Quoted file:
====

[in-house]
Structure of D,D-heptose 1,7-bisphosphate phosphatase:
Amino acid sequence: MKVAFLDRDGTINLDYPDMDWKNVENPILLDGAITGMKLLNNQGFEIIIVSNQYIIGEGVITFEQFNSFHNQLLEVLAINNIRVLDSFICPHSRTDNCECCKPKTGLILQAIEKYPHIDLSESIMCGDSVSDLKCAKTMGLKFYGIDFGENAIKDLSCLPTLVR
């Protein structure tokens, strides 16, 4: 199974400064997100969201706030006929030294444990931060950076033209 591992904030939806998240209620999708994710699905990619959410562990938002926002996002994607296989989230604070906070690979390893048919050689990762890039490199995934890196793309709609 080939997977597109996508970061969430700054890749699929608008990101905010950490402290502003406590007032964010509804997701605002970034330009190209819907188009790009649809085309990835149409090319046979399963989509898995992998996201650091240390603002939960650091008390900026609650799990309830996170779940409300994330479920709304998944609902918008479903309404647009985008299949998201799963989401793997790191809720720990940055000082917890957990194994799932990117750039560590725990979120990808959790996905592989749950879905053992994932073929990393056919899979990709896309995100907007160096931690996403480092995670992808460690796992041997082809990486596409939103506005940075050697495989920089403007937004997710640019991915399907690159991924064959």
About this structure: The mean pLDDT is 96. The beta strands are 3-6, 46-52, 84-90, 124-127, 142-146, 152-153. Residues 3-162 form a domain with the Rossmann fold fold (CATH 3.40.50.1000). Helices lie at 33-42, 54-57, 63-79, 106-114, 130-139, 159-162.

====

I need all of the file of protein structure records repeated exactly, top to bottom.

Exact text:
[in-house]
Structure of D,D-heptose 1,7-bisphosphate phosphatase:
Amino acid sequence: MKVAFLDRDGTINLDYPDMDWKNVENPILLDGAITGMKLLNNQGFEIIIVSNQYIIGEGVITFEQFNSFHNQLLEVLAINNIRVLDSFICPHSRTDNCECCKPKTGLILQAIEKYPHIDLSESIMCGDSVSDLKCAKTMGLKFYGIDFGENAIKDLSCLPTLVR
């Protein structure tokens, strides 16, 4: 199974400064997100969201706030006929030294444990931060950076033209 591992904030939806998240209620999708994710699905990619959410562990938002926002996002994607296989989230604070906070690979390893048919050689990762890039490199995934890196793309709609 080939997977597109996508970061969430700054890749699929608008990101905010950490402290502003406590007032964010509804997701605002970034330009190209819907188009790009649809085309990835149409090319046979399963989509898995992998996201650091240390603002939960650091008390900026609650799990309830996170779940409300994330479920709304998944609902918008479903309404647009985008299949998201799963989401793997790191809720720990940055000082917890957990194994799932990117750039560590725990979120990808959790996905592989749950879905053992994932073929990393056919899979990709896309995100907007160096931690996403480092995670992808460690796992041997082809990486596409939103506005940075050697495989920089403007937004997710640019991915399907690159991924064959």
About this structure: The mean pLDDT is 96. The beta strands are 3-6, 46-52, 84-90, 124-127, 142-146, 152-153. Residues 3-162 form a domain with the Rossmann fold fold (CATH 3.40.50.1000). Helices lie at 33-42, 54-57, 63-79, 106-114, 130-139, 159-162.